America and Britain have a huge number of things in common, from popular culture to the language we speak. But how similar are we when it comes to work and business communication? Whether you’re communicating across the pond virtually through a USA phone number or you have international colleagues in your office, you’ve likely encountered some kind of communication issue at work.


We were interested to see where these issues arise. From how we see each other to what we say and what we really mean, we spoke to 1,000 US workers and 1,000 UK workers to find out just that.


How Brits and Americans See Each Other

Toll Free Forwarding UK Vs US-02


To start, we kept things simple. We wanted to know how both US and UK workers would describe themselves at work, compared to how they’d describe each other. This question turned up some interesting results, with Americans more likely to use words like ambitious, competitive, or driven to describe themselves, while Brits opted for words such as loud, arrogant, brash, and pushy. It’s clear that both sides see Americans as being driven at work, however, this may be perceived more negatively from UK colleagues, with one telling us they see Americans as “very overpowering and restless, with lots of expectations and not much patience”.


Toll Free Forwarding UK Vs US-04


Across the pond, Brits described themselves as easy going, friendly, and even lazy, while Americans thought they were hard-working and polite but stuffy, with one telling us “they work hard but can be a bit snotty at times. A lot of them tend to talk down to other people to make themselves feel superior”.




Americans describing AmericansBritish describing Americans



British describing BritishAmericans describing British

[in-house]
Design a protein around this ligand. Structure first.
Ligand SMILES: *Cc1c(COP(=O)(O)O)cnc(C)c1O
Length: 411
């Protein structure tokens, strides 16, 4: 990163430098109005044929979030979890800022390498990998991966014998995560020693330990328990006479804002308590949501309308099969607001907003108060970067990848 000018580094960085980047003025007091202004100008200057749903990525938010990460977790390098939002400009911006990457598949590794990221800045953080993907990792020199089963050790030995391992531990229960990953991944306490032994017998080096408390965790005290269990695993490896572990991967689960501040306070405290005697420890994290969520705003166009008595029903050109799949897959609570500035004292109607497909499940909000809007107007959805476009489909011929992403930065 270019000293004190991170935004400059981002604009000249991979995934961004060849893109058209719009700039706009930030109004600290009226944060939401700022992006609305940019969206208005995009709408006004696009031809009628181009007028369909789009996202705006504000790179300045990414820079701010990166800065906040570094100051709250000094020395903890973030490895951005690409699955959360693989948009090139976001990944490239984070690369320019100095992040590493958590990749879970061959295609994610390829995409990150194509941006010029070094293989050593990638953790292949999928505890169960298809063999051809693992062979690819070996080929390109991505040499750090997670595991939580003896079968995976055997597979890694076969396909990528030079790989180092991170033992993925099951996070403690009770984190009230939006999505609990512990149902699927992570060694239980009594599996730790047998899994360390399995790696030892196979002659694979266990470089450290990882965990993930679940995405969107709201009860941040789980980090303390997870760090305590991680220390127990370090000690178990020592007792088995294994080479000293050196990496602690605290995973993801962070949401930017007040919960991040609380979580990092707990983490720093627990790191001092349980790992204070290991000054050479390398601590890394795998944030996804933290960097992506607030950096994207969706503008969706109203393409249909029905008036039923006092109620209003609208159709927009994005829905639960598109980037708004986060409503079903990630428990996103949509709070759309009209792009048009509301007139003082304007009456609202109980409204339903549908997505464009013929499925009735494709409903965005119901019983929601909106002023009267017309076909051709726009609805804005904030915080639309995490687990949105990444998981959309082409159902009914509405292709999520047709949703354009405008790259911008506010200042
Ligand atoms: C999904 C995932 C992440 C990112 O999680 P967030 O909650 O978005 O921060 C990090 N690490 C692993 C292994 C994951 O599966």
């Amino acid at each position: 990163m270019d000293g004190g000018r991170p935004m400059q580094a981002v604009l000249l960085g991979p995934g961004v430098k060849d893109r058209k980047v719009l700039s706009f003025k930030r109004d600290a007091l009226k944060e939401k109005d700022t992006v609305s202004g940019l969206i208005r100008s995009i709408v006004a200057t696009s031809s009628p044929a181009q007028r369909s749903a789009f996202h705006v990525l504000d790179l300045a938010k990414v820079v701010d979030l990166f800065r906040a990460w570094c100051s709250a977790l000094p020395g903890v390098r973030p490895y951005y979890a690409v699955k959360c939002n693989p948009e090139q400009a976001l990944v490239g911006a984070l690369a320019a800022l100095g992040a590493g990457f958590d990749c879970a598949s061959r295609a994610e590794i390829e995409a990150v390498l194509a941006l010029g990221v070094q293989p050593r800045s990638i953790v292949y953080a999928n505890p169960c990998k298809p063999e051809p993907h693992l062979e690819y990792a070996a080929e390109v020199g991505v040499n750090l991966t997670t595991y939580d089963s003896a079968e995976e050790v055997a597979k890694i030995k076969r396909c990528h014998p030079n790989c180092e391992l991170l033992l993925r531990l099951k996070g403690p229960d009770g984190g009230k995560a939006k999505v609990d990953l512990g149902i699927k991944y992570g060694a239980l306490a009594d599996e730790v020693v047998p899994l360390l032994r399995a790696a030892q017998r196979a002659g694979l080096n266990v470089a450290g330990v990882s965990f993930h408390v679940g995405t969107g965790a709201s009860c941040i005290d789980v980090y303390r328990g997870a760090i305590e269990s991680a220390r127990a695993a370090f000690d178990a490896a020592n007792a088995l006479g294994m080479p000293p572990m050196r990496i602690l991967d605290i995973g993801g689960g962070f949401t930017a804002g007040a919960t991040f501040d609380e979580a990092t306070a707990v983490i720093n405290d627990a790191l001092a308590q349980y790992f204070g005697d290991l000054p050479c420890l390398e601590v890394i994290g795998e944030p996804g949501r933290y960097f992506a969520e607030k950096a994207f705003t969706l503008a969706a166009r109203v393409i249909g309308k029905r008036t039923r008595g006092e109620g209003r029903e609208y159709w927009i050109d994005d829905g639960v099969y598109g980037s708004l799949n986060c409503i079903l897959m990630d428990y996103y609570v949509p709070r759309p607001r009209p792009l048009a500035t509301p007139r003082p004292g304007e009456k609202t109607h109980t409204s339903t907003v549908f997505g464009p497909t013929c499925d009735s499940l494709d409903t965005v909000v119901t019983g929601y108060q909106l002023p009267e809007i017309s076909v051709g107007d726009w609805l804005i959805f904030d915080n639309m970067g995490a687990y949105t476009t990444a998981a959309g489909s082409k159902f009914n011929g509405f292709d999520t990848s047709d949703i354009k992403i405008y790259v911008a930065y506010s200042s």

Easy goingFun/funny
LazyStuffy or stiff
BoringDry humor



US vs UK: How Do We Communicate Differently?

Our survey found that, across the board, Brits are more likely than Americans to take things negatively or see a subtext in casual communication. Americans, on the other hand, are most likely to take things literally and see the positives.


Take the innocuous statement “let’s do lunch soon”. Perhaps be careful throwing this into conversion with your UK colleagues, as only one-in-five (20%) people in the UK see this as a positive statement, compared to almost half (48%) of Americans who mean this positively. This could be due to the British habit of taking things less literally and looking for subtext in communications – they may feel this statement is blasé or dismissive rather than a genuine offer of lunch.


Similarly, the majority (59%) of Americans use “I hear what you’re saying” as a positive communication when discussing ideas at work – but only three-in-ten (30%) Brits agreed this was a positive statement. A British worker who is looking for subtext in communication could see this statement as dismissive and a prelude to a disagreement, while an American worker may take it as a more literal expression of respect.


Over half of Americans (55%) would use the phrase “that’s not bad” as a positive. Brits, however, were more likely to see a negative subtext in this statement, with only 39% agreeing it was a positive statement and one-in-five (20%) using this as a negative communication. Again, an American using this statement may be being very literal – if something is ‘not bad’, it is ‘good’. A Brit on the other hand may be politely using this phrase as a negative to mean something is not terrible, but it’s not particularly good either.


Toll Free Forwarding UK Vs US-01


US & UK Comms: What We Say and What We Mean

Continuing with the theme of subtext in business communication, we gave our US and UK respondents some sample phrases along with example perceptions, asking which they thought best matched up.


Three-in-four (76%) Americans would hear “that’s an interesting idea” at work and assume they were being told the idea is impressive. However, if a colleague from the UK is saying this, be aware that 32% are suggesting your idea is ‘ridiculous’.


Similarly, if a British colleague tells you they “have a few amends”, more than two-in-five (43%) are actually letting you know the work is awful and needs completely redoing. Only 34% of Americans would read this subtext, with the vast majority (66%) assuming they were being told there were only a few small typos.


Jamie Gelbtuch, founder of New York based company,

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